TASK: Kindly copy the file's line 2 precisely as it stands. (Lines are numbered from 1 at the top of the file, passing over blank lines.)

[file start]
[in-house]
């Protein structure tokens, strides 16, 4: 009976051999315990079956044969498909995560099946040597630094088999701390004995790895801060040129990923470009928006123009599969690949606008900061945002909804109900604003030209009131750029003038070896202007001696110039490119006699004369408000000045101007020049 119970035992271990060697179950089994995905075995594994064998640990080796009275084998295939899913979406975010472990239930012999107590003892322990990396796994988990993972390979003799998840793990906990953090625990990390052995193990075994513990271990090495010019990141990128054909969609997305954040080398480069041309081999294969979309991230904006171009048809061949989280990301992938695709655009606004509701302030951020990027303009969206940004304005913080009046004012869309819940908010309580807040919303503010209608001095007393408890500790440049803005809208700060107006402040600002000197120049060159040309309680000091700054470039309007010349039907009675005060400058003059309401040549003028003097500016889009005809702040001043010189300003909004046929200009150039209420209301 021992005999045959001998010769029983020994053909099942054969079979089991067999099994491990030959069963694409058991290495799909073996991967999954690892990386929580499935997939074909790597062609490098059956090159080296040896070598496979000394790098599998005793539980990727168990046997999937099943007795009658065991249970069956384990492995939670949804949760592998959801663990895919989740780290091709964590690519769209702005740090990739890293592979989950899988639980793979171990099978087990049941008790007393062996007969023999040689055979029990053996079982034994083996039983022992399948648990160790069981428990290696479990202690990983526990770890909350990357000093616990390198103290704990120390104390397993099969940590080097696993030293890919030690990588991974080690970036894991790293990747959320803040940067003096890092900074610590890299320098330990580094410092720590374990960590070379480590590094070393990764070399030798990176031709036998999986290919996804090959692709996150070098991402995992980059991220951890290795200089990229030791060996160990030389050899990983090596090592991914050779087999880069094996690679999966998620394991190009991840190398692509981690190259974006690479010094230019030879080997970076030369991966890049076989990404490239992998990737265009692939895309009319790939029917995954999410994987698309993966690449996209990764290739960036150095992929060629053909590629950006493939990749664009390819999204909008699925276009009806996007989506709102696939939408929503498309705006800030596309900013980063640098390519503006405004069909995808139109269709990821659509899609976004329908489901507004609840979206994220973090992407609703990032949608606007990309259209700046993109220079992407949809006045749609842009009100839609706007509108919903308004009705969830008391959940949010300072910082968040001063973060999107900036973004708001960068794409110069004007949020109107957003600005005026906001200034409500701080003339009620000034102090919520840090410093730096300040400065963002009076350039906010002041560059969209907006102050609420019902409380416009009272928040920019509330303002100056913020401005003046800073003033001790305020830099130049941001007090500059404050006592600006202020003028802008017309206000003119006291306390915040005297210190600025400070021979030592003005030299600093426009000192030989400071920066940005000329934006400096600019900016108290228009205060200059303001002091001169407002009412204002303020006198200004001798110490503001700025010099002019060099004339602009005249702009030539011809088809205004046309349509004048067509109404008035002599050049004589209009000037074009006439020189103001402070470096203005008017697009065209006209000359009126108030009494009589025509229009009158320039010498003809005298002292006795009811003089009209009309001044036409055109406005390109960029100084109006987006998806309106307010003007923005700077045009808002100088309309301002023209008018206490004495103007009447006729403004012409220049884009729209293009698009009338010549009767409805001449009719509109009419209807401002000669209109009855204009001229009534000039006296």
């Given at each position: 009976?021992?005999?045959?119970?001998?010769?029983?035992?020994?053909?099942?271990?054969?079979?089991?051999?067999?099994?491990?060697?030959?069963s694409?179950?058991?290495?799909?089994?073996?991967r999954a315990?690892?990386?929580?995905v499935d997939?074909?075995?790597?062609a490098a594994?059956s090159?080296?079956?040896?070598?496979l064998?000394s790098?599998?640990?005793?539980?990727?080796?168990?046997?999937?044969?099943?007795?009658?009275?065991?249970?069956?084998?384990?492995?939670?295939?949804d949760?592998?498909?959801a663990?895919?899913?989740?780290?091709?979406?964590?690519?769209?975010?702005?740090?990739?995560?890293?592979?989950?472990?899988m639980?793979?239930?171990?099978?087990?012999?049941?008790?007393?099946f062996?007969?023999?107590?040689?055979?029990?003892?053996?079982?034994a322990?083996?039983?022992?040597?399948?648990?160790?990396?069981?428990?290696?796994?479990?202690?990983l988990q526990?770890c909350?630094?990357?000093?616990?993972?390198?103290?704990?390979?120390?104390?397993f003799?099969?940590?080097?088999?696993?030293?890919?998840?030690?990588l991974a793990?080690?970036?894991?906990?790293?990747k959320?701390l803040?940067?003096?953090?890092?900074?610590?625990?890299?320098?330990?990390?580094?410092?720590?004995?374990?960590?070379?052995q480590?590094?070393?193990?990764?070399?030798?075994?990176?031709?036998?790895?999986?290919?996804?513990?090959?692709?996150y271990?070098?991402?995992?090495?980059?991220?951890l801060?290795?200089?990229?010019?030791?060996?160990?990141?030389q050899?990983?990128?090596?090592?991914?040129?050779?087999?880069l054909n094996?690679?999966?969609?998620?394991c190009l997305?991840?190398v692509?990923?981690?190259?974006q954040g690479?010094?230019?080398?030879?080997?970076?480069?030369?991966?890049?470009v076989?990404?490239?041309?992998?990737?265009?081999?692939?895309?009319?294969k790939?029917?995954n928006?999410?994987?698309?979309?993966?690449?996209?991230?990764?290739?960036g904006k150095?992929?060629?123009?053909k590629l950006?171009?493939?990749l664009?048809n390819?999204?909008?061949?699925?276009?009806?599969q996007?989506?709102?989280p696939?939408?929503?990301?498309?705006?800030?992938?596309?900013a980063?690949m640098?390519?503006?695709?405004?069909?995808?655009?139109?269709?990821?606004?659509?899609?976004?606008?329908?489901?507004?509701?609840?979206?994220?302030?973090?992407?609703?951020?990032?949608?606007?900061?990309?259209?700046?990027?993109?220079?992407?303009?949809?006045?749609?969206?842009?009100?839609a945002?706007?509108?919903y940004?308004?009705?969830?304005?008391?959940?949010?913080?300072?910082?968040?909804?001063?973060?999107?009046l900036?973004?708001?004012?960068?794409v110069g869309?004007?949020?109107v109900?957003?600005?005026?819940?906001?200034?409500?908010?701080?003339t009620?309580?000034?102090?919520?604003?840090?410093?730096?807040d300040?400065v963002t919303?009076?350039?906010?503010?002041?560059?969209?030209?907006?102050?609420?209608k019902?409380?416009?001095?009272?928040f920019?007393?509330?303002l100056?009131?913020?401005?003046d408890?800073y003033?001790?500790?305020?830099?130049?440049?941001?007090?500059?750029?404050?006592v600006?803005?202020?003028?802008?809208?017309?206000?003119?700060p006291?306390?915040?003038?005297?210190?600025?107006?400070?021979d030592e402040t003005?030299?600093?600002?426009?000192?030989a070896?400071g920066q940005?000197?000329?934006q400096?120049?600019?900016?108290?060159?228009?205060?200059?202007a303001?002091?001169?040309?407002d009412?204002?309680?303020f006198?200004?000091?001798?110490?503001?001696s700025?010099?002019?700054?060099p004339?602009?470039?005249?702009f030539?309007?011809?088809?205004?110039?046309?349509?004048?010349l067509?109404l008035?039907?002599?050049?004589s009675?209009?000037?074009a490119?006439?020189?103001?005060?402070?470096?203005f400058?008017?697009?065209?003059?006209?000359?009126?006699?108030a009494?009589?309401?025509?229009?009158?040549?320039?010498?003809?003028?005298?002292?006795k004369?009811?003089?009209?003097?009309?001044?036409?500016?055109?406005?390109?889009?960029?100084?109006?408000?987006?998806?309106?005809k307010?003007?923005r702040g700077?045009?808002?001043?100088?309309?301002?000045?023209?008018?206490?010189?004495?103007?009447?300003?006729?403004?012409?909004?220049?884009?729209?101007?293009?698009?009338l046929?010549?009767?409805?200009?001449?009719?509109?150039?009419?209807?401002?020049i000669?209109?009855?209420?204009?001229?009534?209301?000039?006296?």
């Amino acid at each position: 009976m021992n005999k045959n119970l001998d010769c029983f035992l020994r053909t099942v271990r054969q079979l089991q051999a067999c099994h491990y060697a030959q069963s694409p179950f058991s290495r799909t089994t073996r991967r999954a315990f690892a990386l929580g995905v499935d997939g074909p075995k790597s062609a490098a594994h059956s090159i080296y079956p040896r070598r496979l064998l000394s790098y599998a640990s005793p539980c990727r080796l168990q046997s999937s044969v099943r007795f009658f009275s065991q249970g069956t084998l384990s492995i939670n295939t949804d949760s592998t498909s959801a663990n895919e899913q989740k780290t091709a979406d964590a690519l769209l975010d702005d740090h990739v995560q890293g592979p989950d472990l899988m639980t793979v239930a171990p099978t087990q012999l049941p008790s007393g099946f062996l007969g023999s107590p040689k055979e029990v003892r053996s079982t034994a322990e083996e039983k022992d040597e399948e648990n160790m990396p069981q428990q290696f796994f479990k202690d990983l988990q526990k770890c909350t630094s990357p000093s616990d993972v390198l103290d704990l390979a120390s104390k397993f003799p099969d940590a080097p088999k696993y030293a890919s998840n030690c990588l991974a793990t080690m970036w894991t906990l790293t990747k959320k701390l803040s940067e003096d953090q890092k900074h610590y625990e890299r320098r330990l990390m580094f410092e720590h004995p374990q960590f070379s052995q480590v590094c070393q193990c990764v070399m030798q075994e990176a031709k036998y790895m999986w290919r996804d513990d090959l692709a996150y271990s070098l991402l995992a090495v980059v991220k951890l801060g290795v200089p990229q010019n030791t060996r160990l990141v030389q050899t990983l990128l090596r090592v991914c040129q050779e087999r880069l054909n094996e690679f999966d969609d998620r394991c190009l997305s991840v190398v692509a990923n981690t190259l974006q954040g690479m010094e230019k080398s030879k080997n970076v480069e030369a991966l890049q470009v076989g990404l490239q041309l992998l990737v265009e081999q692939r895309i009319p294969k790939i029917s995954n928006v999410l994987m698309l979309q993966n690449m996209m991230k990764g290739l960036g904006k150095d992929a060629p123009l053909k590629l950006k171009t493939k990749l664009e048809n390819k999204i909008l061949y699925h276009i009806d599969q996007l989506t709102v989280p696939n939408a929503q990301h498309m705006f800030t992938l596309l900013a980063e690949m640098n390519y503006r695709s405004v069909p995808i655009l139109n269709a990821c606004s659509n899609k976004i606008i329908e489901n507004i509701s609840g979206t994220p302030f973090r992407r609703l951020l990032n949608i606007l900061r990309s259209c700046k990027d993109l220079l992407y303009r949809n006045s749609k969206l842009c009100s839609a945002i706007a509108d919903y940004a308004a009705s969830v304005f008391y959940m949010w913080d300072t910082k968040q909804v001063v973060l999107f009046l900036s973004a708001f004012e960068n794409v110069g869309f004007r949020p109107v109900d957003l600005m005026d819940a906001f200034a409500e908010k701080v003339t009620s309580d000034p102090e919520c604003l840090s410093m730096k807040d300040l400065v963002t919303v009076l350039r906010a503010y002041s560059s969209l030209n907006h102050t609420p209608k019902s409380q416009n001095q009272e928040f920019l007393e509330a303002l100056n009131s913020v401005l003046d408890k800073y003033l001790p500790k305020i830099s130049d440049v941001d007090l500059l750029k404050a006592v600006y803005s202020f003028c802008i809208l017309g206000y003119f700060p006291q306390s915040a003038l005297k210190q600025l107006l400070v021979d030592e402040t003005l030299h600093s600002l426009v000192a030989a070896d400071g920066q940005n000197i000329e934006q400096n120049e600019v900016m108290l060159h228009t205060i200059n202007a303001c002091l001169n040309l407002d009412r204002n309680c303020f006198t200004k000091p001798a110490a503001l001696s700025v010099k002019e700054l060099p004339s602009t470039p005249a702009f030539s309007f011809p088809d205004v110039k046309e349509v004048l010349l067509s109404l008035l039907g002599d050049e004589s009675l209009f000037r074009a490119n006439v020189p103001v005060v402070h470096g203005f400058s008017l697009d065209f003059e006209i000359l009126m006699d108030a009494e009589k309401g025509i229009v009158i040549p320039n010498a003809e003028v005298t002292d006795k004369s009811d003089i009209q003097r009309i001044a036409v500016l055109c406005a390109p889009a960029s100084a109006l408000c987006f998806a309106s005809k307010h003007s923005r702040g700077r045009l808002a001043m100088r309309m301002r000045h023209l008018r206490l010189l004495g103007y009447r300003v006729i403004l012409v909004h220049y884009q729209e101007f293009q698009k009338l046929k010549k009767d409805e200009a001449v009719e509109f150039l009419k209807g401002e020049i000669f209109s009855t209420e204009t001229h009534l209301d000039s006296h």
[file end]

């Protein structure tokens, strides 16, 4: 009976051999315990079956044969498909995560099946040597630094088999701390004995790895801060040129990923470009928006123009599969690949606008900061945002909804109900604003030209009131750029003038070896202007001696110039490119006699004369408000000045101007020049 119970035992271990060697179950089994995905075995594994064998640990080796009275084998295939899913979406975010472990239930012999107590003892322990990396796994988990993972390979003799998840793990906990953090625990990390052995193990075994513990271990090495010019990141990128054909969609997305954040080398480069041309081999294969979309991230904006171009048809061949989280990301992938695709655009606004509701302030951020990027303009969206940004304005913080009046004012869309819940908010309580807040919303503010209608001095007393408890500790440049803005809208700060107006402040600002000197120049060159040309309680000091700054470039309007010349039907009675005060400058003059309401040549003028003097500016889009005809702040001043010189300003909004046929200009150039209420209301 021992005999045959001998010769029983020994053909099942054969079979089991067999099994491990030959069963694409058991290495799909073996991967999954690892990386929580499935997939074909790597062609490098059956090159080296040896070598496979000394790098599998005793539980990727168990046997999937099943007795009658065991249970069956384990492995939670949804949760592998959801663990895919989740780290091709964590690519769209702005740090990739890293592979989950899988639980793979171990099978087990049941008790007393062996007969023999040689055979029990053996079982034994083996039983022992399948648990160790069981428990290696479990202690990983526990770890909350990357000093616990390198103290704990120390104390397993099969940590080097696993030293890919030690990588991974080690970036894991790293990747959320803040940067003096890092900074610590890299320098330990580094410092720590374990960590070379480590590094070393990764070399030798990176031709036998999986290919996804090959692709996150070098991402995992980059991220951890290795200089990229030791060996160990030389050899990983090596090592991914050779087999880069094996690679999966998620394991190009991840190398692509981690190259974006690479010094230019030879080997970076030369991966890049076989990404490239992998990737265009692939895309009319790939029917995954999410994987698309993966690449996209990764290739960036150095992929060629053909590629950006493939990749664009390819999204909008699925276009009806996007989506709102696939939408929503498309705006800030596309900013980063640098390519503006405004069909995808139109269709990821659509899609976004329908489901507004609840979206994220973090992407609703990032949608606007990309259209700046993109220079992407949809006045749609842009009100839609706007509108919903308004009705969830008391959940949010300072910082968040001063973060999107900036973004708001960068794409110069004007949020109107957003600005005026906001200034409500701080003339009620000034102090919520840090410093730096300040400065963002009076350039906010002041560059969209907006102050609420019902409380416009009272928040920019509330303002100056913020401005003046800073003033001790305020830099130049941001007090500059404050006592600006202020003028802008017309206000003119006291306390915040005297210190600025400070021979030592003005030299600093426009000192030989400071920066940005000329934006400096600019900016108290228009205060200059303001002091001169407002009412204002303020006198200004001798110490503001700025010099002019060099004339602009005249702009030539011809088809205004046309349509004048067509109404008035002599050049004589209009000037074009006439020189103001402070470096203005008017697009065209006209000359009126108030009494009589025509229009009158320039010498003809005298002292006795009811003089009209009309001044036409055109406005390109960029100084109006987006998806309106307010003007923005700077045009808002100088309309301002023209008018206490004495103007009447006729403004012409220049884009729209293009698009009338010549009767409805001449009719509109009419209807401002000669209109009855204009001229009534000039006296």